Three decades ago, when new University of Minnesota graduate James “Jay” Perrill decided to invest his time, savvy and money into the fledgling internet, he had to brush off the skeptics.
Soon after earning an MBA in management information systems from the U’s Carlson School of Management, Perrill left his job as a business analyst for McKesson, a Fortune 500 company, to start his own web design company.
When he told people about his plan, they scoffed.
“He told me that they told him he was crazy,” recalled Marc McDaniels, vice president for business development at the Perrill Agency. “They said the internet was a fad and that it wouldn’t last.”
The tenacious young man launched the Perrill Agency in 1993 and developed it from a one-person startup into one of the Upper Midwest’s most recognized digital agencies.
Perrill, of Plymouth, died of what appeared to be a heart attack at his home in Plymouth on May 7. He was 53.
“He was an innovator,” McDaniels said. “He was always looking ahead. He was the first one in the metropolitan area building websites.”
Perrill had to convince prospective clients that the internet was the wave of the future.
“The internet then basically was used by the military and educational institutions,” McDaniels said. In 1995, 1 in 5 U.S. homes had a computer, but internet use by the general population was nearly nonexistent.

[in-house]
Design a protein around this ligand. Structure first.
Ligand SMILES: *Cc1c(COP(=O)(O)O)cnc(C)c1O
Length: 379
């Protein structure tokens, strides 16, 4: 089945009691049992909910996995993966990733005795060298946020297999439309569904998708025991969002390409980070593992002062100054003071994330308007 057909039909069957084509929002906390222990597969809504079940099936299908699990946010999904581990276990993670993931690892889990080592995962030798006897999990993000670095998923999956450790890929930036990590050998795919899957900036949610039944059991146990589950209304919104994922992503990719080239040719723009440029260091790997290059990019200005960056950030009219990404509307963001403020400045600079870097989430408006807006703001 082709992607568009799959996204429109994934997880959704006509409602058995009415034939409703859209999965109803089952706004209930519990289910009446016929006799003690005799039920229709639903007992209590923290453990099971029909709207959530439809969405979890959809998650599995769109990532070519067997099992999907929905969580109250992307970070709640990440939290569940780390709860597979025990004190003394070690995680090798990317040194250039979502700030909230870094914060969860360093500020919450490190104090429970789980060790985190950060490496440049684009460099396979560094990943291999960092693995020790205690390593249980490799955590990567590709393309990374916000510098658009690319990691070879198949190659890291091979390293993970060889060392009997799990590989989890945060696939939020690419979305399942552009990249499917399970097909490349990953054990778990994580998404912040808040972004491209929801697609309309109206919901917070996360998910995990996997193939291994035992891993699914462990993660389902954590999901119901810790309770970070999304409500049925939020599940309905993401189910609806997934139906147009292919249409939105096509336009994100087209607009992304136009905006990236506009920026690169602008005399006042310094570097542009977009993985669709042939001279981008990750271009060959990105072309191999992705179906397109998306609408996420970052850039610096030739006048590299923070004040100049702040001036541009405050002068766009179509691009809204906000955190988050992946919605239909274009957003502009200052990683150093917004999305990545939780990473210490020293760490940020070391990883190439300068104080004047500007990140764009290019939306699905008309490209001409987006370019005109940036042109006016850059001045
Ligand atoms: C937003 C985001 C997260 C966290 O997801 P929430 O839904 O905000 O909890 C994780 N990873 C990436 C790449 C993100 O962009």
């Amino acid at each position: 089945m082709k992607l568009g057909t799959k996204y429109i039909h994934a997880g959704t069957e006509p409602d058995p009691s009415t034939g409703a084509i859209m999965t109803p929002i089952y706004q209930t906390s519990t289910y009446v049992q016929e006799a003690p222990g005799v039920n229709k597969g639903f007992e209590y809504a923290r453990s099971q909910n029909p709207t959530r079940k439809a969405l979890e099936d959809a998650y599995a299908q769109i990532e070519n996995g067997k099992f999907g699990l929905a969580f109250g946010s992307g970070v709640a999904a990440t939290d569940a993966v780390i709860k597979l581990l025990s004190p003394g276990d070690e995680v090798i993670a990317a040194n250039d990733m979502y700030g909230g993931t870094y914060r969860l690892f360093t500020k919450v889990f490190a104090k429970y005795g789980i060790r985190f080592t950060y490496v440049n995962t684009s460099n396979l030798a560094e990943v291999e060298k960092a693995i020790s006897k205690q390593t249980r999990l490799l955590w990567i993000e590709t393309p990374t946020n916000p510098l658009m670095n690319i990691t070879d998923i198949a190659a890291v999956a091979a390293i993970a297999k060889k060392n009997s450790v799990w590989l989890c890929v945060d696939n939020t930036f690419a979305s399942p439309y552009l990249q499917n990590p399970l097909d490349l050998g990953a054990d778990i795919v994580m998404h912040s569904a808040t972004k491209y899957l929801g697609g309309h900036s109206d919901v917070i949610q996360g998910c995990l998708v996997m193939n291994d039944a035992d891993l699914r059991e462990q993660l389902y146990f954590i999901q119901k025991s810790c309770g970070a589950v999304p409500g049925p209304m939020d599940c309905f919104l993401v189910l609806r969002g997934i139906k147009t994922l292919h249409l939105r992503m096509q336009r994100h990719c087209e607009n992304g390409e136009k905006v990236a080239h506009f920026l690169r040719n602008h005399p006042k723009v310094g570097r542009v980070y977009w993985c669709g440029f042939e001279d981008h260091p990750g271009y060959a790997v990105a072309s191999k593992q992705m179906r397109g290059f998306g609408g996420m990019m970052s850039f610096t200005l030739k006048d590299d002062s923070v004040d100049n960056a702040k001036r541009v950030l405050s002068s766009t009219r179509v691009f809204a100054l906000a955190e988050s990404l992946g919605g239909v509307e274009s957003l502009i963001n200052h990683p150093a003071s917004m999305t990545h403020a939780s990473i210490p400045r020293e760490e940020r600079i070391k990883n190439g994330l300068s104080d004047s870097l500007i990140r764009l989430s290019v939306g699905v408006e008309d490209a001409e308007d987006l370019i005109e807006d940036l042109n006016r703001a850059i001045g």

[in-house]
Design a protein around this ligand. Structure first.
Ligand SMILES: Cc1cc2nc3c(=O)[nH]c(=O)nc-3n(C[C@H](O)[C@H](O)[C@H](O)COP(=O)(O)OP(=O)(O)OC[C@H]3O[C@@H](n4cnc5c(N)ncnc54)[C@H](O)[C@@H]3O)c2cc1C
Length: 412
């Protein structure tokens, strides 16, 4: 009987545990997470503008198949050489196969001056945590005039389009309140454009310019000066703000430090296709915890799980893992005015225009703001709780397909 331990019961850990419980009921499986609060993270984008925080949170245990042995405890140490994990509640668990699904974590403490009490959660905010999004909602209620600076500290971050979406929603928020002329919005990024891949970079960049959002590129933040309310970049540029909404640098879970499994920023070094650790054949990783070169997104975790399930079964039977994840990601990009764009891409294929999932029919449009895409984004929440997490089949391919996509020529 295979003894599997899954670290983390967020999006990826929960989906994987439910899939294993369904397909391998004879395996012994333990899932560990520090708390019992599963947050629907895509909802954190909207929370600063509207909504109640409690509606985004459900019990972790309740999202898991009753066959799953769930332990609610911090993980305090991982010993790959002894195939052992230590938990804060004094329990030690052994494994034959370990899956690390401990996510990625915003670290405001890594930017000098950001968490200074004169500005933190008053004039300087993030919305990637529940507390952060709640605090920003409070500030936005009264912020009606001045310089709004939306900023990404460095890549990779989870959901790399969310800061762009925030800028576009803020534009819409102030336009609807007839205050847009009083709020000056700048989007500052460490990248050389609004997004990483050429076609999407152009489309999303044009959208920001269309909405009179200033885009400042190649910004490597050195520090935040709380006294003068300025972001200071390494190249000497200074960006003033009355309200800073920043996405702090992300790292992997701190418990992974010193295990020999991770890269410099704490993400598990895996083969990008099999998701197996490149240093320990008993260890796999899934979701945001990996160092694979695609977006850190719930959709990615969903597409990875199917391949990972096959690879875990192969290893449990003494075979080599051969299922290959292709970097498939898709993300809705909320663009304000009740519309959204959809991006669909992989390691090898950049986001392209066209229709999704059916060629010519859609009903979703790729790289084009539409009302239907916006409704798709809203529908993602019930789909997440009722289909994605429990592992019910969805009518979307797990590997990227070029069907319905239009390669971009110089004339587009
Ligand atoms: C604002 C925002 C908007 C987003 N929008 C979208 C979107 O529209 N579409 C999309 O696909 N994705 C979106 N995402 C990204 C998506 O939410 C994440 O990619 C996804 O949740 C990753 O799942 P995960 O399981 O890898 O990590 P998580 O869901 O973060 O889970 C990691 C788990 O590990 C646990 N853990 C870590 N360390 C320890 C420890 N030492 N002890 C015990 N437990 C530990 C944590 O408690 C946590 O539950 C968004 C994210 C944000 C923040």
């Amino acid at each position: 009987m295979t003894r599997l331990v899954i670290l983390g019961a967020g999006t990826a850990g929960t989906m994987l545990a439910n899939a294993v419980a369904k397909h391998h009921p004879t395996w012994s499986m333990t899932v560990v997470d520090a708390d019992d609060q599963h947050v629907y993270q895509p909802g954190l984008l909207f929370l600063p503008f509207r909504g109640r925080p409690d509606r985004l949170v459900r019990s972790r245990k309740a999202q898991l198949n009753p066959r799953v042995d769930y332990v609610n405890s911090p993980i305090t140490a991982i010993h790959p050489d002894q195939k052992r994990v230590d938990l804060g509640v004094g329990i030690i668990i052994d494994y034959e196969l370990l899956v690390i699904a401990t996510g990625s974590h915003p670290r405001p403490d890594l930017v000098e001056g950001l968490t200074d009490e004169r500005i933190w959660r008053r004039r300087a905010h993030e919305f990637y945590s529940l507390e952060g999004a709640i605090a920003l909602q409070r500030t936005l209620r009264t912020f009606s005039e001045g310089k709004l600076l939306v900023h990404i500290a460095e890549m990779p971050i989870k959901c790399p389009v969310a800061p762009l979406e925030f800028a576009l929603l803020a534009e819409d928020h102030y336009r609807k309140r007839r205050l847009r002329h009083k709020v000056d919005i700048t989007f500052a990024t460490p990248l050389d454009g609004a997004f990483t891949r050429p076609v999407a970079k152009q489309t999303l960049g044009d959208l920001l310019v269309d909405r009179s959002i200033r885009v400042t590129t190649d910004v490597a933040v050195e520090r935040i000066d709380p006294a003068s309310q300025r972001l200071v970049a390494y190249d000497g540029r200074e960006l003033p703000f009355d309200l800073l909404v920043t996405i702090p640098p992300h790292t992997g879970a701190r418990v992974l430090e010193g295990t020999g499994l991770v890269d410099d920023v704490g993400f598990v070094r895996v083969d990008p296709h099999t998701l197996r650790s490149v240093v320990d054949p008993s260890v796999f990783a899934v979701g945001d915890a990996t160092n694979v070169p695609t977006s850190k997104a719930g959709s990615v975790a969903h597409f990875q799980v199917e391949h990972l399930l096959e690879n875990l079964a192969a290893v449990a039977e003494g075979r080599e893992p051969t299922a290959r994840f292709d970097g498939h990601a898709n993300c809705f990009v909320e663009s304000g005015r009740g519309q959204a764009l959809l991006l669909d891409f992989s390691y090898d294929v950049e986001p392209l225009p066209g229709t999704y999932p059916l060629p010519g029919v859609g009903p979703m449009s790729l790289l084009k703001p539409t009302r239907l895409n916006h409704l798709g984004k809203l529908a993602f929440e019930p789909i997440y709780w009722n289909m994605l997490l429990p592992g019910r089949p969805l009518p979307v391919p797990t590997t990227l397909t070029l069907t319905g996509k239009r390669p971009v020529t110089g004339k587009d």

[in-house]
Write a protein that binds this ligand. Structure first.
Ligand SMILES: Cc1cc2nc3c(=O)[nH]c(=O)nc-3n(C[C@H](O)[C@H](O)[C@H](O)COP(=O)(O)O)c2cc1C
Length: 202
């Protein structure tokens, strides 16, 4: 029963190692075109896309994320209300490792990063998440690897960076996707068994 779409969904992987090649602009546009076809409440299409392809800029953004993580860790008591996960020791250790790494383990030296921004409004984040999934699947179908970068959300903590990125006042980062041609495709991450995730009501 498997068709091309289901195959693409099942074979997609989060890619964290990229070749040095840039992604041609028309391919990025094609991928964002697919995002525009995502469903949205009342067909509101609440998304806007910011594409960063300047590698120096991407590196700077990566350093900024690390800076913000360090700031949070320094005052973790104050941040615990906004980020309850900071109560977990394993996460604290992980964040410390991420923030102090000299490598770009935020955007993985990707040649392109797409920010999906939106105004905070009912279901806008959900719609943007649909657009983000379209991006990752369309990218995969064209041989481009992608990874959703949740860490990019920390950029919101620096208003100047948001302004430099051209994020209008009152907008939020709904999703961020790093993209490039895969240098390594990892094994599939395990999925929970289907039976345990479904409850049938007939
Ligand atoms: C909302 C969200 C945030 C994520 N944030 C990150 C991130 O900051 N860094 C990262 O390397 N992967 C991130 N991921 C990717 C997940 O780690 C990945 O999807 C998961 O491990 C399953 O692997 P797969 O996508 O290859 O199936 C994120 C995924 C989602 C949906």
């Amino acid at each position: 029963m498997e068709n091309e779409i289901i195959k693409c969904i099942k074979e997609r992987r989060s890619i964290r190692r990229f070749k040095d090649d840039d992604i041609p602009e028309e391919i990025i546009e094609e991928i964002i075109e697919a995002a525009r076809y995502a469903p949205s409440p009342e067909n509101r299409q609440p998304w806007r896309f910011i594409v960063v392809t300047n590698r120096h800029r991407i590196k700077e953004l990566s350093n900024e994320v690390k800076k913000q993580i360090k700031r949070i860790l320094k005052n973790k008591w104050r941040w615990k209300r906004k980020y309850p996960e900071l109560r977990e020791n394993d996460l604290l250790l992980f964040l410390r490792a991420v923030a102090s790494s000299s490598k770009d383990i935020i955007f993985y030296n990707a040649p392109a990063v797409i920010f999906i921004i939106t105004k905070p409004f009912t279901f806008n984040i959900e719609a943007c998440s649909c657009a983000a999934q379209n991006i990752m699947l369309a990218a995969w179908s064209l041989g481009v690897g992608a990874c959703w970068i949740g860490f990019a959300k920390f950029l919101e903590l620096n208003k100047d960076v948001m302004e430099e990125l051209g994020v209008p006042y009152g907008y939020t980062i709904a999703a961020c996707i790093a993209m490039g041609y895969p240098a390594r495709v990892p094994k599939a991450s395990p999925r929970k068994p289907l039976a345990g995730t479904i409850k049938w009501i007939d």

“He told them, ‘This is where it’s going,’ ” McDaniels said.
As internet use grew, so did Perrill’s business. From 1997 to 2000, the percentage of U.S. homes with internet access increased from 18% to 41%.
“The word spread and his business grew,” said McDaniels, who knew Perrill for 11 years and went to work for him in 2019. “I think it’s because he always did what he said he would do and always delivered 100 percent.”
Perrill was born to John and Irene Perrill on Nov. 1, 1966, in Milwaukee. He was raised in Waconia. In high school, he competed in basketball, football and track. As a senior, he was the Wildcats’ starting quarterback in football and homecoming king.
He earned a bachelor of science degree in finance from the U in 1991 and an MBA in 1993.
“I think Jay got up to speed from the lessons he learned at the U, which was a big player in the early days of the internet,” said his younger brother Dave Perrill of Eden Prairie. “Jay got his entrepreneurial spirit from our father. My father was an electrical engineer by trade. He worked at JPL [the Jet Propulsion Laboratory], NASA and Boeing. He started his own company [the Wand Corp.] in his 50s, which is relatively late.”
Dave Perrill said his brother “had integrity and smarts,” but what really stood out was that he was “the most open-minded person. He didn’t have a judgmental side.”
McDaniels said Perrill never changed his business approach, even in challenging times.
“When the chips were down or someone else in business treated him wrong, he always took the high road,” McDaniels said. “He’d say, ‘You do what you can do,’ and he always said a positive attitude is everything.”
In addition to his brother Dave, Perrill is survived by his wife, Amy; two sons, Dylan and Colton; a daughter, Bryn; two other brothers, Greg of Orono and John Jr. of Chaska, and his parents, John and Irene Perrill of Waconia.
A private service will be held Saturday.